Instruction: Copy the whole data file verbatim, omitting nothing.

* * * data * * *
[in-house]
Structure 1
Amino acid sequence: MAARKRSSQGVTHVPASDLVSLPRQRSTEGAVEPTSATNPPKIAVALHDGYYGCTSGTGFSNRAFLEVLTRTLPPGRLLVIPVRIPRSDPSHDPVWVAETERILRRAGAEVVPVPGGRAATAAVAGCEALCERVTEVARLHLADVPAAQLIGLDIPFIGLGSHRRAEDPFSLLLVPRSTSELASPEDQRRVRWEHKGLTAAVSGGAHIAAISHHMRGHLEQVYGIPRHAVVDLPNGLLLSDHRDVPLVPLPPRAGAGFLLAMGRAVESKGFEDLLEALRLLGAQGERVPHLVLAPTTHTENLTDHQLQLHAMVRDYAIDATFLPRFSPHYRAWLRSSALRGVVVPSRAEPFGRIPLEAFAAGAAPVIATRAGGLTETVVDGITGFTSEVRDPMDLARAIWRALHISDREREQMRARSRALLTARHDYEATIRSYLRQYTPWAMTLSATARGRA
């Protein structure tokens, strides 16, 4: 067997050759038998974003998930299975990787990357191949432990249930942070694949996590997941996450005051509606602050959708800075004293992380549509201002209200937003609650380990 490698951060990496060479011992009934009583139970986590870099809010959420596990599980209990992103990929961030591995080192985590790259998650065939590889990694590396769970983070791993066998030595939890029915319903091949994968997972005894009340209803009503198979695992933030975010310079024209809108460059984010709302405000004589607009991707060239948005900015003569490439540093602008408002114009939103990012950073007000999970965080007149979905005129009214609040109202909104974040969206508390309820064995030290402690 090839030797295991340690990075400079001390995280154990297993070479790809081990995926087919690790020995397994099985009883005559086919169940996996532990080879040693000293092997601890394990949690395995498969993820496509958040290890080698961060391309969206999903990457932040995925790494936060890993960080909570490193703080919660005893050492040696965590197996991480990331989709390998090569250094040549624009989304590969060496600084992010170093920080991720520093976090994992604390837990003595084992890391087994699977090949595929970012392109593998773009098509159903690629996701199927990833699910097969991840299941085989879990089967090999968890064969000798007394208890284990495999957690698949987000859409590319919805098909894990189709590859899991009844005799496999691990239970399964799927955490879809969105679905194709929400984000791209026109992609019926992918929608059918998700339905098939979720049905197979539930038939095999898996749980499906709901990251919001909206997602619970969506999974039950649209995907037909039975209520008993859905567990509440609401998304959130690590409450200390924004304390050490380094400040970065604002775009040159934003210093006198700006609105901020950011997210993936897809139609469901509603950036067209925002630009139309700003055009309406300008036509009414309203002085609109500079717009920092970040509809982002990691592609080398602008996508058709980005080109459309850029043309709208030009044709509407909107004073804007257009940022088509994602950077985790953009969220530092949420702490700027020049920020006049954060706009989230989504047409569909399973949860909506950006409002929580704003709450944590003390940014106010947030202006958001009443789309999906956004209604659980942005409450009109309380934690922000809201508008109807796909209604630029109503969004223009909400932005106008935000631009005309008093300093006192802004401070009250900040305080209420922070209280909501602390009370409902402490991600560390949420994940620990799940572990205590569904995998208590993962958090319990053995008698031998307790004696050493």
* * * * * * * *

[in-house]
Structure 1
Amino acid sequence: MAARKRSSQGVTHVPASDLVSLPRQRSTEGAVEPTSATNPPKIAVALHDGYYGCTSGTGFSNRAFLEVLTRTLPPGRLLVIPVRIPRSDPSHDPVWVAETERILRRAGAEVVPVPGGRAATAAVAGCEALCERVTEVARLHLADVPAAQLIGLDIPFIGLGSHRRAEDPFSLLLVPRSTSELASPEDQRRVRWEHKGLTAAVSGGAHIAAISHHMRGHLEQVYGIPRHAVVDLPNGLLLSDHRDVPLVPLPPRAGAGFLLAMGRAVESKGFEDLLEALRLLGAQGERVPHLVLAPTTHTENLTDHQLQLHAMVRDYAIDATFLPRFSPHYRAWLRSSALRGVVVPSRAEPFGRIPLEAFAAGAAPVIATRAGGLTETVVDGITGFTSEVRDPMDLARAIWRALHISDREREQMRARSRALLTARHDYEATIRSYLRQYTPWAMTLSATARGRA
């Protein structure tokens, strides 16, 4: 067997050759038998974003998930299975990787990357191949432990249930942070694949996590997941996450005051509606602050959708800075004293992380549509201002209200937003609650380990 490698951060990496060479011992009934009583139970986590870099809010959420596990599980209990992103990929961030591995080192985590790259998650065939590889990694590396769970983070791993066998030595939890029915319903091949994968997972005894009340209803009503198979695992933030975010310079024209809108460059984010709302405000004589607009991707060239948005900015003569490439540093602008408002114009939103990012950073007000999970965080007149979905005129009214609040109202909104974040969206508390309820064995030290402690 090839030797295991340690990075400079001390995280154990297993070479790809081990995926087919690790020995397994099985009883005559086919169940996996532990080879040693000293092997601890394990949690395995498969993820496509958040290890080698961060391309969206999903990457932040995925790494936060890993960080909570490193703080919660005893050492040696965590197996991480990331989709390998090569250094040549624009989304590969060496600084992010170093920080991720520093976090994992604390837990003595084992890391087994699977090949595929970012392109593998773009098509159903690629996701199927990833699910097969991840299941085989879990089967090999968890064969000798007394208890284990495999957690698949987000859409590319919805098909894990189709590859899991009844005799496999691990239970399964799927955490879809969105679905194709929400984000791209026109992609019926992918929608059918998700339905098939979720049905197979539930038939095999898996749980499906709901990251919001909206997602619970969506999974039950649209995907037909039975209520008993859905567990509440609401998304959130690590409450200390924004304390050490380094400040970065604002775009040159934003210093006198700006609105901020950011997210993936897809139609469901509603950036067209925002630009139309700003055009309406300008036509009414309203002085609109500079717009920092970040509809982002990691592609080398602008996508058709980005080109459309850029043309709208030009044709509407909107004073804007257009940022088509994602950077985790953009969220530092949420702490700027020049920020006049954060706009989230989504047409569909399973949860909506950006409002929580704003709450944590003390940014106010947030202006958001009443789309999906956004209604659980942005409450009109309380934690922000809201508008109807796909209604630029109503969004223009909400932005106008935000631009005309008093300093006192802004401070009250900040305080209420922070209280909501602390009370409902402490991600560390949420994940620990799940572990205590569904995998208590993962958090319990053995008698031998307790004696050493």